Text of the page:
Fathers Day

I've got this dad, see. His name's Dayton... no joke. It's his first name. Actually it's his middle name, but he uses it like a first name because his actual first name is, uhm... weird.

Anyway, I've got this dad named Dayton, and you know how we think of dads as being protective of their kids? Well, I'm the baby in the family, and I was diagnosed with type 1 when I was smaller than our family dog and looked like a blonde, blue-eyed angel (I say it humorously, although apparently I really did), and my dad, Dayton, wishes it had never happened.

Okay, he's never actually told me that, but I'm pretty sure it's true.

Another thing we sometimes associate with dads is that they're reluctant to express their feelings. Right here my dad would say "I'm not reluctant to express my feelings! I just don't feel anything!" and then he'd laugh. My dad Dayton is eager to express certain feelings: joy, goofyness, curiosity, enthusiasm, love, support, excitement, determination... He's good with the good stuff, and he's got the good stuff in spades.

Can you guess what he doesn't really express? Of course you can. He doesn't talk about feeling scared or sad or angry or regretful... the tough stuff. I have never, in 34 years with diabetes, seen him so much as get misty about it. And I know it's not because he doesn't get misty about it...

Here's the story of the one time I ever witnessed what he feels about my diabetes:

I must have been about 7, and I was suffering from terrible, chronic insomnia. We're talking 4 hours trying to get to sleep every night. I'd had it on and off since I was a baby, when a doctor prescribed me some crazy (and probably no longer available) sleep aids so my parents could get some relief from my all-night tirades of furious, exhausted frustration. Well, so this one night when I was about 7 I couldn't sleep and I was my usual mess, and my blood sugar dropped. I was a runty kid. And angry. I was prone to spectacular temper tantrums, had absolutely no concept of their potential consequences... and looked like an angel right up until I started spitting fire.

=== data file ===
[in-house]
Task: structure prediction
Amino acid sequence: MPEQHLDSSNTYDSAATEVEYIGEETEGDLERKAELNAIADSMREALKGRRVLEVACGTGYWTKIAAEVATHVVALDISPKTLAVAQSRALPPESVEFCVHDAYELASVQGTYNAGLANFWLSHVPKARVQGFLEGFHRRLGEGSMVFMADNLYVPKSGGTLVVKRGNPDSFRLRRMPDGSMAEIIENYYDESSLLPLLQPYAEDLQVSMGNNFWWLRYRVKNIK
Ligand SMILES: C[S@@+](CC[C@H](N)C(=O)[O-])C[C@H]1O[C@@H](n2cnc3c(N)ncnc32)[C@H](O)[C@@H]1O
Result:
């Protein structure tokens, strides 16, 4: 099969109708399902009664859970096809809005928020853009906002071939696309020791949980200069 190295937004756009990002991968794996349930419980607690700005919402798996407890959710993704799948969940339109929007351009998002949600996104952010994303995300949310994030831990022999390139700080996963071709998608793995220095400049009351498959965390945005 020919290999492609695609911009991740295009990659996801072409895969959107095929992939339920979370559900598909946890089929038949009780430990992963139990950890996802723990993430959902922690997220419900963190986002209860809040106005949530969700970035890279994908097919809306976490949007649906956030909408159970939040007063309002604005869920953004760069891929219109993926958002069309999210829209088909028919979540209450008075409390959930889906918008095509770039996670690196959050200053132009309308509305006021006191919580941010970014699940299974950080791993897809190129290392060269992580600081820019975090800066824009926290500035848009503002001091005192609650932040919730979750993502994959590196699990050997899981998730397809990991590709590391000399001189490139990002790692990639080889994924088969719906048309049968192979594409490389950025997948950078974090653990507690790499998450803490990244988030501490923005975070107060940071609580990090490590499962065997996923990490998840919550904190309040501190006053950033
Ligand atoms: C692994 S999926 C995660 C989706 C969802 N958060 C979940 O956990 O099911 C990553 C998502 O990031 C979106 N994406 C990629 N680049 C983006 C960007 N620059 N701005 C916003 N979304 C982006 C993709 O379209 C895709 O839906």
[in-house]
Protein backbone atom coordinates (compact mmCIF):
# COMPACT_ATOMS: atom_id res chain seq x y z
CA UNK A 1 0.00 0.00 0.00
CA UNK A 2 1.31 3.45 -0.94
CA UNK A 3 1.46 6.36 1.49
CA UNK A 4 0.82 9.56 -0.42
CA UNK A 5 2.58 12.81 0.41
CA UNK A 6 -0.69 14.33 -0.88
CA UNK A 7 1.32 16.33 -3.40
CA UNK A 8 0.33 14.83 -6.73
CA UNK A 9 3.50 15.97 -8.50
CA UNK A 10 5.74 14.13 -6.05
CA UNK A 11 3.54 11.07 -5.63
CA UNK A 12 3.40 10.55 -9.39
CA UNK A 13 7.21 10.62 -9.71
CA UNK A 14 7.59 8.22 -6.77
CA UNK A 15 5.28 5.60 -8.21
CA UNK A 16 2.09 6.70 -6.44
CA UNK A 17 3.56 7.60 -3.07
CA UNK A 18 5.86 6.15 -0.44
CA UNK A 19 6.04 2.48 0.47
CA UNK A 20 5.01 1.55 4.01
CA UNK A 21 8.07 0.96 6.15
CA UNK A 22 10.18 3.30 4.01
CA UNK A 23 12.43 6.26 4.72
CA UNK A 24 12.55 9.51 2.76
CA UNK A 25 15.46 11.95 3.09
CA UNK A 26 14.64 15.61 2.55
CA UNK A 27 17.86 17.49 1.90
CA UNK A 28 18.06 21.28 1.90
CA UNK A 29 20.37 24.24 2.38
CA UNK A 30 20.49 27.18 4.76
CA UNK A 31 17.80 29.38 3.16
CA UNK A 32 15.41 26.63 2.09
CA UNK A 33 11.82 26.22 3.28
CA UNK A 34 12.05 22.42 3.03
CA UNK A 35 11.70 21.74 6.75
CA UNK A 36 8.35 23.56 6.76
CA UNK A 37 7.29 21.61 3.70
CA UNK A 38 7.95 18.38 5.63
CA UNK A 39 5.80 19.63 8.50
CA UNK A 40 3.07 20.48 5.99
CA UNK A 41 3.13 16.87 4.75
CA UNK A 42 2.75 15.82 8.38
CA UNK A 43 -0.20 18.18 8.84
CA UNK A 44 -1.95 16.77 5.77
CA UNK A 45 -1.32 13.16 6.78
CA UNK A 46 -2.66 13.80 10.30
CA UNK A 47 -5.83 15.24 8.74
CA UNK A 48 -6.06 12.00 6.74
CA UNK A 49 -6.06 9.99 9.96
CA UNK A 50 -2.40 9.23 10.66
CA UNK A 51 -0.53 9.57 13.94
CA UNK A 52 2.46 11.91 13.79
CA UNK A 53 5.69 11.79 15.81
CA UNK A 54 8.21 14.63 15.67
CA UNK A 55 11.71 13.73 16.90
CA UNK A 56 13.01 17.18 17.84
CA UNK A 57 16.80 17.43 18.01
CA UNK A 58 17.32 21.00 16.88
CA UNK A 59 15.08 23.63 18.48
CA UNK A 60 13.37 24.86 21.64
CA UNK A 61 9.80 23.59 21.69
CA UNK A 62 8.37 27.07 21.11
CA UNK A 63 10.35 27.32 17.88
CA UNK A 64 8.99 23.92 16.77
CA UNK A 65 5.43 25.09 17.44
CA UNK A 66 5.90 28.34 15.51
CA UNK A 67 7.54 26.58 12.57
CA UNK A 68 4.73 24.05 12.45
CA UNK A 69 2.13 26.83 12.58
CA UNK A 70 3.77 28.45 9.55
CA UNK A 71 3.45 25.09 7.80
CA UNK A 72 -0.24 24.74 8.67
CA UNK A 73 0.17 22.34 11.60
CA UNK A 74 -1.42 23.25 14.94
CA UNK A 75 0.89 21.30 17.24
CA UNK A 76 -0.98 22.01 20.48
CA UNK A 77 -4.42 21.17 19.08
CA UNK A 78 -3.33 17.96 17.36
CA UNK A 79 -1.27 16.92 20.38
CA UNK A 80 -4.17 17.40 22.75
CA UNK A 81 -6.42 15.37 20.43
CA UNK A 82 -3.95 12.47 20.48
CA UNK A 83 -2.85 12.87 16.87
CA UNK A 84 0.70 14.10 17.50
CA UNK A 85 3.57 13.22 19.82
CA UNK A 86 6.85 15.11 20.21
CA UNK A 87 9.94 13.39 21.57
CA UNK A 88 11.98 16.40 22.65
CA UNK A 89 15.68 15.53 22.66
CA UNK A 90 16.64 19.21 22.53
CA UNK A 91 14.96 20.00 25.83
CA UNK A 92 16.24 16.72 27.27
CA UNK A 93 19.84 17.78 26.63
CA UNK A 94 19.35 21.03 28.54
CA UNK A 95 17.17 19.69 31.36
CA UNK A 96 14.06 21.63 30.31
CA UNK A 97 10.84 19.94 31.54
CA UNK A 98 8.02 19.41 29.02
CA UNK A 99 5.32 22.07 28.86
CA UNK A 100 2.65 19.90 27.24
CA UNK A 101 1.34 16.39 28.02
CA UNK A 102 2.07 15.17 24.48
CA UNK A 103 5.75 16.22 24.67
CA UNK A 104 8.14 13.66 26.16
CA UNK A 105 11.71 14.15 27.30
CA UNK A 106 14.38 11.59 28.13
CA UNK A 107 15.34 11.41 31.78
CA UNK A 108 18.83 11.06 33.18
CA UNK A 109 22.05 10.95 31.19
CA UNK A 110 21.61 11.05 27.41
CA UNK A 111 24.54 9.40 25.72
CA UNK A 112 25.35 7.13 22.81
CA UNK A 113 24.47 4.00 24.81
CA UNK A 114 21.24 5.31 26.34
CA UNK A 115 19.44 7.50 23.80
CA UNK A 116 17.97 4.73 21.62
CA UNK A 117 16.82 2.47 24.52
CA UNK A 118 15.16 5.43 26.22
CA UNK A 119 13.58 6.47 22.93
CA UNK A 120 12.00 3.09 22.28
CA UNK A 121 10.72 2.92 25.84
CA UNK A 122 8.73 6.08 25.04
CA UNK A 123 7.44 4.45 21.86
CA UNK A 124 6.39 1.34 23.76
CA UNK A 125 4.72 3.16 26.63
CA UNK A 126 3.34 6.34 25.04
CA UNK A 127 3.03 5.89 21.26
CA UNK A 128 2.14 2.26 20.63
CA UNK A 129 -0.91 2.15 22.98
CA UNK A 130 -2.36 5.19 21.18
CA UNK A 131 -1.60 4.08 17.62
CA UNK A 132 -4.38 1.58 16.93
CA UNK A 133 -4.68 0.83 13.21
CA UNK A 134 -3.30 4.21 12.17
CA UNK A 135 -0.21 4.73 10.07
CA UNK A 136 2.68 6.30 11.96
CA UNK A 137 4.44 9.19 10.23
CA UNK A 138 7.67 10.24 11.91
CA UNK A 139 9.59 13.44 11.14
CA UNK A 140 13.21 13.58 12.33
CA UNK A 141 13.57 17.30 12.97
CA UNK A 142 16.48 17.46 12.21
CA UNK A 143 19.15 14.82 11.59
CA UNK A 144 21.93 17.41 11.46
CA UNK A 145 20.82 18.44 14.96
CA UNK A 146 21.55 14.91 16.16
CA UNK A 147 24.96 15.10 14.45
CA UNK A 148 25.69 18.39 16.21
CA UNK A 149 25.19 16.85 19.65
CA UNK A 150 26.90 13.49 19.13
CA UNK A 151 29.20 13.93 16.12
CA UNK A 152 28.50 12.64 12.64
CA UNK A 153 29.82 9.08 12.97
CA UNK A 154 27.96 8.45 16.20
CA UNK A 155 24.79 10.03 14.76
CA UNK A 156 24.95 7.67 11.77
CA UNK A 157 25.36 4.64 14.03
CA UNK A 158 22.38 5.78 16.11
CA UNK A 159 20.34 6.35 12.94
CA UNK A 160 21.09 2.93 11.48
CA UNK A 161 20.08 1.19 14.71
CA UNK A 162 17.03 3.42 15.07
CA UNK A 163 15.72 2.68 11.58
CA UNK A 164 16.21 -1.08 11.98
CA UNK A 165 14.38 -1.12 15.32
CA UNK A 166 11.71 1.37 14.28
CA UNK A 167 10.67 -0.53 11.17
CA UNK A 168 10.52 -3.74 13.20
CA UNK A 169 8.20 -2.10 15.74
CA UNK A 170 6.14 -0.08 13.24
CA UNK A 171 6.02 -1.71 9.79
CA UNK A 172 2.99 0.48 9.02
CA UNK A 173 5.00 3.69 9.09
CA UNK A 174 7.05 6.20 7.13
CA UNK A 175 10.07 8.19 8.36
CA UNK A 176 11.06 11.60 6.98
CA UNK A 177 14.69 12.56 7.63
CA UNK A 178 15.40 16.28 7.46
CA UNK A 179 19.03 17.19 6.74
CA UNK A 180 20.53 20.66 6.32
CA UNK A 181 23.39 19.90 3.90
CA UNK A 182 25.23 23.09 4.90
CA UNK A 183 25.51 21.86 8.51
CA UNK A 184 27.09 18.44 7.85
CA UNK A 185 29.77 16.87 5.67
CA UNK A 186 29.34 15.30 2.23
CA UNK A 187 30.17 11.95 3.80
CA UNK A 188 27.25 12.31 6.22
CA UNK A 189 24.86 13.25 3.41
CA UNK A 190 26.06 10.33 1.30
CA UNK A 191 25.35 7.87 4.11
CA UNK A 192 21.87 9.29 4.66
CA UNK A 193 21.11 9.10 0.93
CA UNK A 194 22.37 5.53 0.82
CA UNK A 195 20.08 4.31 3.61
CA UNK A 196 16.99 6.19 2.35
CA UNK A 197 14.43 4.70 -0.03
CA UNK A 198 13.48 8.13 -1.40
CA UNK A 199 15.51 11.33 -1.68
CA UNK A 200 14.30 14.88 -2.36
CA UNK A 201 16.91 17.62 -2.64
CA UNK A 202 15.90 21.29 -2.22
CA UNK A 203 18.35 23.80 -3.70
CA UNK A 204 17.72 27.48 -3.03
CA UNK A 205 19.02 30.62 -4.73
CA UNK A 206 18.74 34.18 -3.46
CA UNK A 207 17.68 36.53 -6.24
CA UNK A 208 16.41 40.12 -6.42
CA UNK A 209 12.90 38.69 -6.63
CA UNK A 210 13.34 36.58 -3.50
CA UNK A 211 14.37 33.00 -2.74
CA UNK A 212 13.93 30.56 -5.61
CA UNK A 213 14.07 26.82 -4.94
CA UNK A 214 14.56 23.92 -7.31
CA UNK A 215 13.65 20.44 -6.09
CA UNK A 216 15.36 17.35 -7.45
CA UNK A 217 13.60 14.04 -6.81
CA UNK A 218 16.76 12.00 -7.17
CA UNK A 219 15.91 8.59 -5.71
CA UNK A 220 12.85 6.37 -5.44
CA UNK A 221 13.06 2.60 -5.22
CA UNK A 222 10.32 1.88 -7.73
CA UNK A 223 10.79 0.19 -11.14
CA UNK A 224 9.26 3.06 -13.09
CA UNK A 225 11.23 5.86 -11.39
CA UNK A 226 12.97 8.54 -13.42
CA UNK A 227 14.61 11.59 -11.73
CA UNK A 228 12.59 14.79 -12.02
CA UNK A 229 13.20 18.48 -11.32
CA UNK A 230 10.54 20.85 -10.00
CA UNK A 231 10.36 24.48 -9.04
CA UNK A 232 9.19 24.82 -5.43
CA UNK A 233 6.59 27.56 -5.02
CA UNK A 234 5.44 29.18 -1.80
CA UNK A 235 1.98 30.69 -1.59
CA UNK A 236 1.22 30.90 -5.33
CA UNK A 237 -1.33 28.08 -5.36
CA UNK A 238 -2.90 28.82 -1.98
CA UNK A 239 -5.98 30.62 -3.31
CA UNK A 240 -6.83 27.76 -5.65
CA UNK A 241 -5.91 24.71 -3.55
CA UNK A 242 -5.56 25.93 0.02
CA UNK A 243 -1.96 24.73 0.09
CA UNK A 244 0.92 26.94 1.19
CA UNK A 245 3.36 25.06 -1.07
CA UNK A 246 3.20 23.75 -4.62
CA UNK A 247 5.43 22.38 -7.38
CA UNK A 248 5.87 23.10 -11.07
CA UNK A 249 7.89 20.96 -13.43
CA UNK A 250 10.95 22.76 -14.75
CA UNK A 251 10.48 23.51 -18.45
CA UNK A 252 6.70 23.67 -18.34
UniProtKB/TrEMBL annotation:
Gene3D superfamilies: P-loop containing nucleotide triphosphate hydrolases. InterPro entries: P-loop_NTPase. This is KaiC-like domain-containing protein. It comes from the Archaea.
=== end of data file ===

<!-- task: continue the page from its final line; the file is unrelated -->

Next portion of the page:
Insomnia + hypoglycemia + raging little kid = nothing good. I'm beyond exhaustion, will never get to sleep and I've got diabetes? Someone's gonna pay for this, and it's going to be anyone within shouting distance. My dad got out of bed. I guess it was his turn, or maybe my folks compared notes and decided he had a bit more compassion to spare in that moment. He bravely faced the Herculean task of feeding and calming me, and trying to get me to sleep. My poor dad.

He succeeded. Or at least he managed to feed and calm. And then came The Moment. I was lying in bed, on my back, and he thought I was finally asleep, but I wasn't. He was sitting on the floor next to me. My dad, Dayton, gently put his arm over me, inclined his head an inch over my stomach, and took a long, deep breath. And my miserable, desperate 7-year-old heart felt it: sorrow.

And then he got up and went back to bed. And I've seen only the determination and enthusiasm ever since.

Oh, your post brought tears to my eyes. Thinking of all the dads (& moms) of T1 kids & their courage & care. How much they hold inside to make things better for their beloved little ones. The scariest thing I remember as a child was seeing my grandmother weeping.

Sometimes diabetes can be a good thing my dad has been type 1 diabetic ever since my mum was pregnant with me 17 years ago. He has had poor control all his life, ever since he was diagnosed for a whole sixteen years and has been a massive tackle for him I can imagine and nobody understands, he suffered from depression/mood swings/anger problems, went anorexic and also got the point where his diabetes got so bad and took over he got told he would die from organ failure. Me and my dad have never seen eye to eye due to family issues due to my parents and I took my mums side and have never been able to forgive him. In 2010 of October 2 days before my 16th birthday I got diagnosed with type 1 diabetes, my dad was absolutely distraught and felt it was his fault. Since that diabetes has brought me and my dad closer, I’m his rock and he is mine and I don’t know where I’d be if my dad wasn’t there to talk to about my troubles with diabetes.

Gave me goose bumps Emily. I agree with Gerri about the courageous dads and moms of kids with T1.

Dads are special. The only time I've ever seen my dad cry is when I was in the 6th grade and he told me that my grandfather had died.

Loved this story, Em... Have you shown it to your dad?